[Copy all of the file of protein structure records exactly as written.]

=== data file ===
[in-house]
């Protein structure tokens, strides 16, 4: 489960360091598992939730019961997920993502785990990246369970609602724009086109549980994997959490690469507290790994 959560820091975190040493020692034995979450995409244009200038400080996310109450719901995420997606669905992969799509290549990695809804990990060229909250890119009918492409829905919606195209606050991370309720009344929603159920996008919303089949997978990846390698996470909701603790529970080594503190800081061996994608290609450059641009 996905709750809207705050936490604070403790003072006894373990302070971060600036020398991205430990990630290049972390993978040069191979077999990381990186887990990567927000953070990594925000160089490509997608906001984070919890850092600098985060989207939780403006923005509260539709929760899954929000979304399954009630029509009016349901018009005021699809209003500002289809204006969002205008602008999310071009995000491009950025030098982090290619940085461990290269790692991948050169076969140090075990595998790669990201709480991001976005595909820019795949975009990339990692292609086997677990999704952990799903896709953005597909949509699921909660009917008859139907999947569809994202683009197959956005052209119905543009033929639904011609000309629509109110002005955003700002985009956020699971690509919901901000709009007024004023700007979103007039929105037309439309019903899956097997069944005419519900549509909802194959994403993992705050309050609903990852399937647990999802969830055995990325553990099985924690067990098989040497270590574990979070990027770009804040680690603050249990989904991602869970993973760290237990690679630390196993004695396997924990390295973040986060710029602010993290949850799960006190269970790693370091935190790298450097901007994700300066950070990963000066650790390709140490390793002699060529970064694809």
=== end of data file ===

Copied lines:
[in-house]
């Protein structure tokens, strides 16, 4: 489960360091598992939730019961997920993502785990990246369970609602724009086109549980994997959490690469507290790994 959560820091975190040493020692034995979450995409244009200038400080996310109450719901995420997606669905992969799509290549990695809804990990060229909250890119009918492409829905919606195209606050991370309720009344929603159920996008919303089949997978990846390698996470909701603790529970080594503190800081061996994608290609450059641009 996905709750809207705050936490604070403790003072006894373990302070971060600036020398991205430990990630290049972390993978040069191979077999990381990186887990990567927000953070990594925000160089490509997608906001984070919890850092600098985060989207939780403006923005509260539709929760899954929000979304399954009630029509009016349901018009005021699809209003500002289809204006969002205008602008999310071009995000491009950025030098982090290619940085461990290269790692991948050169076969140090075990595998790669990201709480991001976005595909820019795949975009990339990692292609086997677990999704952990799903896709953005597909949509699921909660009917008859139907999947569809994202683009197959956005052209119905543009033929639904011609000309629509109110002005955003700002985009956020699971690509919901901000709009007024004023700007979103007039929105037309439309019903899956097997069944005419519900549509909802194959994403993992705050309050609903990852399937647990999802969830055995990325553990099985924690067990098989040497270590574990979070990027770009804040680690603050249990989904991602869970993973760290237990690679630390196993004695396997924990390295973040986060710029602010993290949850799960006190269970790693370091935190790298450097901007994700300066950070990963000066650790390709140490390793002699060529970064694809």